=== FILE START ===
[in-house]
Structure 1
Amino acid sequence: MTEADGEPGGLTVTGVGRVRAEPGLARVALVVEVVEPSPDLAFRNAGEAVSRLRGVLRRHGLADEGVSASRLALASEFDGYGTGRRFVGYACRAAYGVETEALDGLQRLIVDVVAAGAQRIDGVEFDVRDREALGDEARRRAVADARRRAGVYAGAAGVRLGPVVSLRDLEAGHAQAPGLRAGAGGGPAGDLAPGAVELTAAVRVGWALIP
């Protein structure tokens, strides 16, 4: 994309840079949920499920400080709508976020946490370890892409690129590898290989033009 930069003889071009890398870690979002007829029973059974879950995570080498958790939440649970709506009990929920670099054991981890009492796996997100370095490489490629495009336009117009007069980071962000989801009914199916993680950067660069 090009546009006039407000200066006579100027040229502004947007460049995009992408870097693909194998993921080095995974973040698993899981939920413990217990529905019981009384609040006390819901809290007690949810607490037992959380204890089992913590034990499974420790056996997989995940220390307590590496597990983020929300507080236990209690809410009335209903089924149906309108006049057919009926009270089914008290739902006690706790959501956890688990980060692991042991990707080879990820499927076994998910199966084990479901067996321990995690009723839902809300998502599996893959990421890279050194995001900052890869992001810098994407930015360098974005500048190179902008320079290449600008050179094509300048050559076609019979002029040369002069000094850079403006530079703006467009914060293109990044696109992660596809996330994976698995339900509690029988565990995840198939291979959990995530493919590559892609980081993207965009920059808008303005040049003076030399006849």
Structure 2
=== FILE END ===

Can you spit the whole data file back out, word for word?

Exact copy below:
[in-house]
Structure 1
Amino acid sequence: MTEADGEPGGLTVTGVGRVRAEPGLARVALVVEVVEPSPDLAFRNAGEAVSRLRGVLRRHGLADEGVSASRLALASEFDGYGTGRRFVGYACRAAYGVETEALDGLQRLIVDVVAAGAQRIDGVEFDVRDREALGDEARRRAVADARRRAGVYAGAAGVRLGPVVSLRDLEAGHAQAPGLRAGAGGGPAGDLAPGAVELTAAVRVGWALIP
């Protein structure tokens, strides 16, 4: 994309840079949920499920400080709508976020946490370890892409690129590898290989033009 930069003889071009890398870690979002007829029973059974879950995570080498958790939440649970709506009990929920670099054991981890009492796996997100370095490489490629495009336009117009007069980071962000989801009914199916993680950067660069 090009546009006039407000200066006579100027040229502004947007460049995009992408870097693909194998993921080095995974973040698993899981939920413990217990529905019981009384609040006390819901809290007690949810607490037992959380204890089992913590034990499974420790056996997989995940220390307590590496597990983020929300507080236990209690809410009335209903089924149906309108006049057919009926009270089914008290739902006690706790959501956890688990980060692991042991990707080879990820499927076994998910199966084990479901067996321990995690009723839902809300998502599996893959990421890279050194995001900052890869992001810098994407930015360098974005500048190179902008320079290449600008050179094509300048050559076609019979002029040369002069000094850079403006530079703006467009914060293109990044696109992660596809996330994976698995339900509690029988565990995840198939291979959990995530493919590559892609980081993207965009920059808008303005040049003076030399006849």
Structure 2